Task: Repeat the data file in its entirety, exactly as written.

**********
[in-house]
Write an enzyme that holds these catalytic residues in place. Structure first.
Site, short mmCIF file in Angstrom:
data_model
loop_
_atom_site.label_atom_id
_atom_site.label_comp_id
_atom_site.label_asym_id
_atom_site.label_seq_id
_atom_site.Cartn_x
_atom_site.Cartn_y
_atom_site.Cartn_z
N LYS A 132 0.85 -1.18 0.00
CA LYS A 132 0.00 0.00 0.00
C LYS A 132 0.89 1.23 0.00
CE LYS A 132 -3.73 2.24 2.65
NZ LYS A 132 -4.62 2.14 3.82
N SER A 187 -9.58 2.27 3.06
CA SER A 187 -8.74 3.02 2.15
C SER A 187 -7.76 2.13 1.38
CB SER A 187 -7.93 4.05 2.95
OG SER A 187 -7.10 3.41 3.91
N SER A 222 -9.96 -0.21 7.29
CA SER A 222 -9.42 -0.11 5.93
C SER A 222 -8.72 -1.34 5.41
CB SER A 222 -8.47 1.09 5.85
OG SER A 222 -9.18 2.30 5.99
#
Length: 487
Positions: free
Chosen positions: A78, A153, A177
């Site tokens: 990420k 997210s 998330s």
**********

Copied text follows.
[in-house]
Write an enzyme that holds these catalytic residues in place. Structure first.
Site, short mmCIF file in Angstrom:
data_model
loop_
_atom_site.label_atom_id
_atom_site.label_comp_id
_atom_site.label_asym_id
_atom_site.label_seq_id
_atom_site.Cartn_x
_atom_site.Cartn_y
_atom_site.Cartn_z
N LYS A 132 0.85 -1.18 0.00
CA LYS A 132 0.00 0.00 0.00
C LYS A 132 0.89 1.23 0.00
CE LYS A 132 -3.73 2.24 2.65
NZ LYS A 132 -4.62 2.14 3.82
N SER A 187 -9.58 2.27 3.06
CA SER A 187 -8.74 3.02 2.15
C SER A 187 -7.76 2.13 1.38
CB SER A 187 -7.93 4.05 2.95
OG SER A 187 -7.10 3.41 3.91
N SER A 222 -9.96 -0.21 7.29
CA SER A 222 -9.42 -0.11 5.93
C SER A 222 -8.72 -1.34 5.41
CB SER A 222 -8.47 1.09 5.85
OG SER A 222 -9.18 2.30 5.99
#
Length: 487
Positions: free
Chosen positions: A78, A153, A177
């Site tokens: 990420k 997210s 998330s």